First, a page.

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Location: Auckland, New Zealand

Wednesday, February 16, 2011

East Coast iwi dragged into Porou claim

A lawyer for claimants fighting against their inclusion in the Ngati Porou settlement say his clients feel gutted by the Waitangi Tribunal's refusal to hear their historic claims.

Tribunal presiding officer Judge Craig Coxhead has adjourned the East Coast district inquiry indefinitely because of progress towards settlement.

The Ngati Porou Claims Settlement Bill was introduced into Parliament yesterday.

Darrell Naden says because their existence is being denied, ancestral iwi like Ruawaipu, Uepohatu and Te Aitanga a Hauiti will struggle to maintain their distinct identities.

“With settlement funding iwi are able to operate. Without that, iwi are confined to the back block. It’s just so much more difficult, So being left out af a settlement makes it extremely uphill in terms of the growth and development of these traditional iwi,” he says.

Mr Naden says the tribunal is compounding the initial injustices of the late 19th century, when the small hapu of Ngati Porou flourished at the expense of traditional iwi because of the support its rangatira Rapata Wahawaha gave to the Crown in the civil wars of the 1860s and 70s.


Labour leader Phil Goff is denying Maori were the target of his party's attack on the Community Max job training scheme.

List MP Jacinda Arden held up a pumpkin in Parliament yesterday claiming it was the only product from a $320,000 project for unemployed young Maori in Moerewa.

Mr Goff says Community Max is not the answer to high levels of Maori unemployment.

“Far better in my view to bring back something like Maori trade training so you are giving people real skills that count in the real world rather than make work schemes trying to disguise the level of unemployment temporarily. That’s what we objected to,” Mr Goff says.


Greens co-leader Meteria Turei says ACT leader Rodney Hide must take responsibility for the debacle surrounding the Auckland City Maori statutory board.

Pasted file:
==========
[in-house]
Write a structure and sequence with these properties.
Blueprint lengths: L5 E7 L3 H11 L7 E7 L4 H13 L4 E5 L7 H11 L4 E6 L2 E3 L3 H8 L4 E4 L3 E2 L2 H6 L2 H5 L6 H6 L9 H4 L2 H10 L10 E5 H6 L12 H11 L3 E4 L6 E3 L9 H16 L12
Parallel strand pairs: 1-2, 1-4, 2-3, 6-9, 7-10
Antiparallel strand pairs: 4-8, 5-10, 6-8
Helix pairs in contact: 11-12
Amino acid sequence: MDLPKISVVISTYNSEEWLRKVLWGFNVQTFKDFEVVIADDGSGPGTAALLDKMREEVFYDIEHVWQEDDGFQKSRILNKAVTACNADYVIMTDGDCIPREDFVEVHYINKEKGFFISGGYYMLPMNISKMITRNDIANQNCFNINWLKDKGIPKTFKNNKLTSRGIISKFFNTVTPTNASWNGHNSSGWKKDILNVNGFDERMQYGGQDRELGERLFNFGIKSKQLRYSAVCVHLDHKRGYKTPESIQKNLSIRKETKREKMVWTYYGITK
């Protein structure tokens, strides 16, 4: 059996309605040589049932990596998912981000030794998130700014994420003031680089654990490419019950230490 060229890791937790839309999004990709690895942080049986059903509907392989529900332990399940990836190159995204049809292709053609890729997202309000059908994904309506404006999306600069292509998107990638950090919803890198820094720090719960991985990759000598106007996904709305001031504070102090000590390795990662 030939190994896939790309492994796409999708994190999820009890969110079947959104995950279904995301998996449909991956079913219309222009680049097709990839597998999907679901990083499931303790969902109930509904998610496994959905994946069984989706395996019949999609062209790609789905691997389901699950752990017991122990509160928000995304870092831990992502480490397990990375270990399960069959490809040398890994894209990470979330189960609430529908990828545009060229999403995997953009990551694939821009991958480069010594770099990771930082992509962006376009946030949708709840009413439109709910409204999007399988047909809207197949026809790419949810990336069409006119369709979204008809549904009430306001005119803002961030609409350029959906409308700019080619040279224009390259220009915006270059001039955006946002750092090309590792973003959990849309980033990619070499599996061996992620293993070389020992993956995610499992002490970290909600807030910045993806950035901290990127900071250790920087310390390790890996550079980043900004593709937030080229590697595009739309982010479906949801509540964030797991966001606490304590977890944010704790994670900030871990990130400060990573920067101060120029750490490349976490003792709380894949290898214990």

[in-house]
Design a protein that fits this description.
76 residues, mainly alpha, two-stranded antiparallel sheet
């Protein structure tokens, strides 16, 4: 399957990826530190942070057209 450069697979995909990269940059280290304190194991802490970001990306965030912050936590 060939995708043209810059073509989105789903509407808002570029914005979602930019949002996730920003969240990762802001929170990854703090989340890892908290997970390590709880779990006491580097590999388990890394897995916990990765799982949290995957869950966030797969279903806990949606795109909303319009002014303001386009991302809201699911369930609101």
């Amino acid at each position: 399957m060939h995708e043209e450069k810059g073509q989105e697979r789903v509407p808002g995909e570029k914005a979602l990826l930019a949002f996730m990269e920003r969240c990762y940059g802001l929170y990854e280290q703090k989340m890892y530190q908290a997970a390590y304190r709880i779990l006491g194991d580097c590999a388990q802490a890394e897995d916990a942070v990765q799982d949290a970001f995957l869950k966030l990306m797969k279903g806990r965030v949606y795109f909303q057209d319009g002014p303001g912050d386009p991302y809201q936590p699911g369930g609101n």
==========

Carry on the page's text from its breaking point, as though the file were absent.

The board intends to ask the High Court to clarify the law around its funding and powers, after the council slashed in half the budget recommended by an independent assessor.

Ms Turei says the problem would not exist if the council had included the Maori seats recommended by the Royal Commission on Auckland Governance.

“Rodney Hide refused to allow for elected representatives to be on the council. That would have eliminated all of these problems. We wouldn’t have to develop these new structures and then fund those new structures if we had a genuine democratic engagement with the Auckland city council,” she says.

Ms Turei says Maori want to see the statutory board given the resources it needs to do the task it was set, which is to make sure the council pays attention to issues of concern to Maori in the super city.


A Tuhoe leader says the late Dame Judith Binney won respect for leaving her academic comfort zone and standing up for justice for the iwi.

The historian died last night in her Auckland home at the age of 70.

Tamati Kruger says Dame Judith first made contact with the tribe while researching her 1979 book on the prophet Rua Kenana, which was followed by Nga Morehu, the Te Kooti biography Redemption Songs, and New Zealand Book Award winner Encircled Lands about the history of te Urewera and the Tuhoe people.

He says her books and public statements struck a chord with Ngai Tuhoe.

“Her comments went further than just the research. She expressed personal views and I think her attitude came through in her writings as well. I think it showed that she always felt that Tuhoe had suffered for too long at the hands of the Crown. She was adored by many people for being human in expressing that but criticised by some of her peers for what they say as having crossed that line,” Mr Kruger says.


Taipa occupation leader Wikaatana Popata says he's on his way to Parliament to protest the Marine and Coastal Area Bill.

Even though he's only 21, the nephew of Tai Tokerau MP Hone Harawira is a hikoi veteran, having marched in the 2004 foreshore and seabed hikoi.
He says marchers will leave Te Rerenga Wairua or Cape Reinga on Thursday February 24 and pick up support along the way.

He says the hikoi has the support of kaumatua and kuia from Ngati Kahu.

The Auckland District Maori Council has also called for a hikoi against the bill, which has been referred back to Parliament with the support of the Maori Party.


Competing teams for Te Matatini, the national Maori performing arts festival, have been welcomed on to the venue at Te Waiohika Estate near Gisborne.

There was specatacle as well as sadness as people remembered the contribution of Waka Huia founder Pemia Wehi, who died last week.

It was a magnificent spectacle at Waiohika.

Four horsemen opened the powhiri on their wiwi Nati horses.

Tairawhiti, not just Ngati Porou but Aitanga a Mahaaki, Rongowhakaata, all the iwi of the east coast came well prepared with 22 people with taiaha and seven kai karanga.

Wi Wehi, the son of Ngapo and Pemia Wehi, did the main wero to the manuhiri, accepted by Dr Pita Sharples, replicating the last time Te Matatini, or as it was then the Polynesian Cultural Festival came to Taiurawhiti in 1976 when Ngapo Wehi did the wero.

They then performed the haka Maui Potiki composed by Ngapo Wehi and first performed at the 1976 nationals in Gisborne.


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